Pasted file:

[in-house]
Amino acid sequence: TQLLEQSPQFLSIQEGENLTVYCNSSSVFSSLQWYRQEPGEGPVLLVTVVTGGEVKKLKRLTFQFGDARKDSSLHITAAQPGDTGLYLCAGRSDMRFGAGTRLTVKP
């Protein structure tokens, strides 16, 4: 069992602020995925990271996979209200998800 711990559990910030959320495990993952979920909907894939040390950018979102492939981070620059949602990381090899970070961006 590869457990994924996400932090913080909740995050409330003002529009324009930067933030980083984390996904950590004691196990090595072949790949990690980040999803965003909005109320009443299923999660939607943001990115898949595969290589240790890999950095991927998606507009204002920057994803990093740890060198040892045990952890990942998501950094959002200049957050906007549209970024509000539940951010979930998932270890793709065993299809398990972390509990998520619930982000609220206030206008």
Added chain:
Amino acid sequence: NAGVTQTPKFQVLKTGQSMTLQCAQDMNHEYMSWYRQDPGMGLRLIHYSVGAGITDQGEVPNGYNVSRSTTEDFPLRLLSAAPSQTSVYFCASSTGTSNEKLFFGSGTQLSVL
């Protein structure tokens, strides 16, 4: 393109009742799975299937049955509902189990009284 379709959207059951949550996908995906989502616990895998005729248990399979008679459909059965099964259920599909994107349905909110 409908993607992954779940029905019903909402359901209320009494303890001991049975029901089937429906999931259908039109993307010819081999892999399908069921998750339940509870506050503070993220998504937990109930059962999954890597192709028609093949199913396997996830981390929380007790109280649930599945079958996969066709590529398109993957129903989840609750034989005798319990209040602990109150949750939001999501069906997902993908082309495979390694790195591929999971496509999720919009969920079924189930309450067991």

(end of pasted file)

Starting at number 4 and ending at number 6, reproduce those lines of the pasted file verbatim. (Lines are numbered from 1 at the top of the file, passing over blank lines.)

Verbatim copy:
Added chain:
Amino acid sequence: NAGVTQTPKFQVLKTGQSMTLQCAQDMNHEYMSWYRQDPGMGLRLIHYSVGAGITDQGEVPNGYNVSRSTTEDFPLRLLSAAPSQTSVYFCASSTGTSNEKLFFGSGTQLSVL
């Protein structure tokens, strides 16, 4: 393109009742799975299937049955509902189990009284 379709959207059951949550996908995906989502616990895998005729248990399979008679459909059965099964259920599909994107349905909110 409908993607992954779940029905019903909402359901209320009494303890001991049975029901089937429906999931259908039109993307010819081999892999399908069921998750339940509870506050503070993220998504937990109930059962999954890597192709028609093949199913396997996830981390929380007790109280649930599945079958996969066709590529398109993957129903989840609750034989005798319990209040602990109150949750939001999501069906997902993908082309495979390694790195591929999971496509999720919009969920079924189930309450067991």